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Alright. So I have this program in C where I take a string with arguments and values (Such as: "GO 45 STOP 15"). The goal is to parse the string and place the argument with its corresponding value into a typedef structure to work with later on.

This is what my structure looks like:

typedef struct {
    char* keyword;
    double value;
} parameter;

Here are some copies of my code that I am having issues with. Both main() and initParams() are in the same file and therefore both have access to the same #defines...

main():

#include <stdio.h>
#include <stdlib.h>
#include "findArgs.h"

#define STR0_SIZE 80
#define LIST_SIZE   4
#define MAX_PARAMS 15

void main(){
int i;

char str0[STR0_SIZE] = "LEFT 45 GO 686 GO 34.3 STOP 56 RIGHT 26";   //Input String
char* wordList[LIST_SIZE]={"GO", "STOP", "LEFT", "RIGHT"};

int num_arg = 0; //Number of arguements in str0 (each space denotes the end of an arg)

parameter* param;
initParams(param);

replaceSpaces(str0, &num_arg);

findWords(param, str0, num_arg);
}

initParams:

void initParams(parameter* param){
int ctr0, ctr1;

param = (parameter*) malloc(MAX_PARAMS * sizeof(parameter));
printf("\n%i\n", sizeof(parameter));
for(ctr0=0;ctr0<MAX_PARAMS;ctr0++){
        param[ctr0].keyword = "";
        param[ctr0].value = 0;
}

} ok some quick explainations. initParams is for allocating the memory for each of my parameters. I am assuming that I will not have any idea how many parameters will be included in the string and plan on determining the number in the string later in the program. I do know that I will not accept more than parameters in the string.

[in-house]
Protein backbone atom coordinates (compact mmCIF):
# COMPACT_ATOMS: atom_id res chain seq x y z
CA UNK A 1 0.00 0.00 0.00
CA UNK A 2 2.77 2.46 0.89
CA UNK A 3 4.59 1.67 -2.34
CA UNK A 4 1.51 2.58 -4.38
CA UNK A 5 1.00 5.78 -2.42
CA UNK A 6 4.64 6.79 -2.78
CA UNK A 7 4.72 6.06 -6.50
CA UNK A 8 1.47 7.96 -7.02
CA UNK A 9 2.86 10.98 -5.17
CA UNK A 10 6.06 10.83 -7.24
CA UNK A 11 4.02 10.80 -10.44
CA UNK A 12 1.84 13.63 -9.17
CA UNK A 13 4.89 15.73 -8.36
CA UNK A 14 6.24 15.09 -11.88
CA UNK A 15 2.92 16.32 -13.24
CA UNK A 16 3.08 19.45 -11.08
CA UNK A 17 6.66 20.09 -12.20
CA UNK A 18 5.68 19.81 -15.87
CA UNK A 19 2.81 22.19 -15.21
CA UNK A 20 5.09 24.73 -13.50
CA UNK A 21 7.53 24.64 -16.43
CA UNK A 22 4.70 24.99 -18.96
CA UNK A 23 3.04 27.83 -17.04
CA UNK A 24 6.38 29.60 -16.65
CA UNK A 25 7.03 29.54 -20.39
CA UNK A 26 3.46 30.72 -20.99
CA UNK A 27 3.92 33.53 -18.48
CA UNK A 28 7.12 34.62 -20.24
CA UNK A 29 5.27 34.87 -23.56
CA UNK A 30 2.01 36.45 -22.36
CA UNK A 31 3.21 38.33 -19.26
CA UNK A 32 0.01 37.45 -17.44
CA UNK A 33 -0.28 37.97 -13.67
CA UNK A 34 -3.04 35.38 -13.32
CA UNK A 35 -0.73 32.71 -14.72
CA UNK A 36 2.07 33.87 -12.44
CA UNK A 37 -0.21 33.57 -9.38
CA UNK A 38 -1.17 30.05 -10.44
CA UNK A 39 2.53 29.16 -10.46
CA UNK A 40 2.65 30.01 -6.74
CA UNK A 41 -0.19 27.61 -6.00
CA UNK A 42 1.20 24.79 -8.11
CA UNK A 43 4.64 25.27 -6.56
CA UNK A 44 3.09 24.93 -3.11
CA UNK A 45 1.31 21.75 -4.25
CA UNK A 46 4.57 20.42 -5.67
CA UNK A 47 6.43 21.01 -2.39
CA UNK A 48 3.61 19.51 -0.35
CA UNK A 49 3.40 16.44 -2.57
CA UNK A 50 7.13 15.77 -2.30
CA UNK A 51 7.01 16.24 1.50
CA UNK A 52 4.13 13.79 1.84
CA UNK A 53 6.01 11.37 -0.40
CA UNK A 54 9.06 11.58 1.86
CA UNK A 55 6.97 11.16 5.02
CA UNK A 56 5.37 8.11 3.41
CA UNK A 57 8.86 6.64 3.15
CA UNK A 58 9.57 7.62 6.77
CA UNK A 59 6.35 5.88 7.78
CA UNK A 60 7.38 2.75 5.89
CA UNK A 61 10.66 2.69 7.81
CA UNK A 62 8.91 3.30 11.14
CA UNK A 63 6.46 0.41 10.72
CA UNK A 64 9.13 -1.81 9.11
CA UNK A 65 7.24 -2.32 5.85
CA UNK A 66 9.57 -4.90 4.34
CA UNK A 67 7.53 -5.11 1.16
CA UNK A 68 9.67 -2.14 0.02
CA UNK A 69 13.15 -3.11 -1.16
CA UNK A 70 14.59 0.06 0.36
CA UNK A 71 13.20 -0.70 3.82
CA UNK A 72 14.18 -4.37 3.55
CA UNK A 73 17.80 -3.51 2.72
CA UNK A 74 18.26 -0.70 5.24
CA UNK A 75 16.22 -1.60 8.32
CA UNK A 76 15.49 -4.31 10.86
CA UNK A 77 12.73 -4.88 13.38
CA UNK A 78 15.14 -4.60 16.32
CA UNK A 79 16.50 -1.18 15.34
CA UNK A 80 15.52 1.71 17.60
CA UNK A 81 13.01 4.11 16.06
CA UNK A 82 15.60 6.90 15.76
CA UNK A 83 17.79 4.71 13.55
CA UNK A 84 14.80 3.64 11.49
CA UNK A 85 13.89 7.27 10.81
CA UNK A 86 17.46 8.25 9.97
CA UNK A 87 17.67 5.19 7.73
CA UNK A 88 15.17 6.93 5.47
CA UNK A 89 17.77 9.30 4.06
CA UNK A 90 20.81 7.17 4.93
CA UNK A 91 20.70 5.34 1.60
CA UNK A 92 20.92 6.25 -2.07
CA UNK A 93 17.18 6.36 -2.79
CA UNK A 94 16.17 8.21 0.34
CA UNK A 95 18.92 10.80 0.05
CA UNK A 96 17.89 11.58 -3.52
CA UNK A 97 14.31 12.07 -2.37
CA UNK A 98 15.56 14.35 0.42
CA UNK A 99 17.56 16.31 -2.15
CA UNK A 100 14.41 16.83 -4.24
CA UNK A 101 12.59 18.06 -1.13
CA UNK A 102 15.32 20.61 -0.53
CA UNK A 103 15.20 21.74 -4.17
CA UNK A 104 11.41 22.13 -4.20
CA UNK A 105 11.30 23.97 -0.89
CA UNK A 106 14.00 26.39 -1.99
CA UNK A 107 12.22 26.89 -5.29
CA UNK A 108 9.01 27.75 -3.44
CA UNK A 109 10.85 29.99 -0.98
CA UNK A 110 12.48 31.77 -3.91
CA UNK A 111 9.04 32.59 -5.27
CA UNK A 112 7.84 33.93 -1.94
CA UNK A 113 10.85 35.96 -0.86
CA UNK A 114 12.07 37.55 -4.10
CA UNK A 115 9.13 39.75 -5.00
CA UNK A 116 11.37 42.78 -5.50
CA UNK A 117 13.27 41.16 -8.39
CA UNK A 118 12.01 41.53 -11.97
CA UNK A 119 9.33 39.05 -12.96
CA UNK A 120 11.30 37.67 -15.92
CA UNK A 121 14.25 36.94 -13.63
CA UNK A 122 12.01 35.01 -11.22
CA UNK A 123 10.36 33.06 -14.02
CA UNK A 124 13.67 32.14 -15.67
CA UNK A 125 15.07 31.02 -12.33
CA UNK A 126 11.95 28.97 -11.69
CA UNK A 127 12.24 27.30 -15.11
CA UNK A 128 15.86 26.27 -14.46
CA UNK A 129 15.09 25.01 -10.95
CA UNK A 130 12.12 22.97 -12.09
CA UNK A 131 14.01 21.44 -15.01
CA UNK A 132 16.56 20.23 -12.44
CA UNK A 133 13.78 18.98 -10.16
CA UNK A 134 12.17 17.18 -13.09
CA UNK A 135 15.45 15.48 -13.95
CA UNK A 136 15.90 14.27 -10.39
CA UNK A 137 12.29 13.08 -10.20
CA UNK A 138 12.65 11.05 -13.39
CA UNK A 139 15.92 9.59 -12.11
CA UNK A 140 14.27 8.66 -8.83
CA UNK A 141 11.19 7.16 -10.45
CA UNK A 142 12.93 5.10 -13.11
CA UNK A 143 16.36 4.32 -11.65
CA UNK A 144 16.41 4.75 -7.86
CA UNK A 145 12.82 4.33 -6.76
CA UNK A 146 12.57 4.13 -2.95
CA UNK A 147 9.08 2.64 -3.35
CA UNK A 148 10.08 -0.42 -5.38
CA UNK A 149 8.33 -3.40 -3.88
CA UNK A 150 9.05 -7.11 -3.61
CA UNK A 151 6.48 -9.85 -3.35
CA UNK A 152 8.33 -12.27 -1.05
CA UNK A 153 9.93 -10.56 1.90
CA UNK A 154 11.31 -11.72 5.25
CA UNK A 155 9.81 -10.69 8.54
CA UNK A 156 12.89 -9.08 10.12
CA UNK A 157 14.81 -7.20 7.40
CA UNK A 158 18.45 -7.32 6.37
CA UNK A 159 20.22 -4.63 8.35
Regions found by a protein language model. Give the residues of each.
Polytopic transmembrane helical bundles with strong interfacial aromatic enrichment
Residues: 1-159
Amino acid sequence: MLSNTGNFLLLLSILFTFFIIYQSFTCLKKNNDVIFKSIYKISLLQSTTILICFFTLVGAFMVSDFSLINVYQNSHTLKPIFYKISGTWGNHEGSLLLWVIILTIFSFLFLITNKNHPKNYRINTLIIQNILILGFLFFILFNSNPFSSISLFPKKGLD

After allocating the memory, I loop through each one and initialize each value to either an empty string or 0. (I do realize this is probably unnecessary, however I have done this as part of my code troubleshooting.

Continuing on, replaceSpaces() simply loops through the string and replaces each occurrence of ' ' with a '\0'. It also counts the number of arguements present in the string so that I know how many new strings I have just created by adding null terminators.

Now the tricky part in which I am having difficulty.

#define MAX_ARG_LENGTH 20

void findWords(parameter* param, char* str0, int num_arg){
parameter temp[countWords(str0, num_arg)];
int i;
int ctr0,ctr1, ctr2=0;
int word=0; //flag
char tempStr[MAX_ARG_LENGTH]="";
char* c0 = str0;

for(ctr0=0; ctr0<num_arg; ctr0++){
    word=0;
    ctr1=0;
    if(((*c0 > 'a') && (*c0 <'z')) || ((*c0 > 'A') && (*c0 <'Z'))){
        word=1;
        tempStr[ctr1]=*c0;
        ctr1++;
    }
    while(*c0 != '\0'){
        c0++;
        if(word)
            tempStr[ctr1++] = *c0;
        printf("\ntempStr: '%s'\n", tempStr);
    }
    if(word){
        param[ctr2].keyword = tempStr;
        printf("%s\n", param[ctr2].keyword);
        ctr2++;
    }
    c0++;
}
    for(i=0; i<num_arg/2;i++){
        printf("'%s'\n", param[i].keyword);
        printf("'%g'\n", param[i].value);
}


}

This function works properly at finding each word in the string and storing it in tempStr. My issue is with assigning it to my parameter array back in my main(). I have tried assigning them to a temp array of parameters and then setting "param" equal to the temp array. However due to the fact that param is a pointer, when I assign it a local location, after the function is finished, the memory is freed and lost. Enter my idea to use malloc to predefine memory for them and assign it after.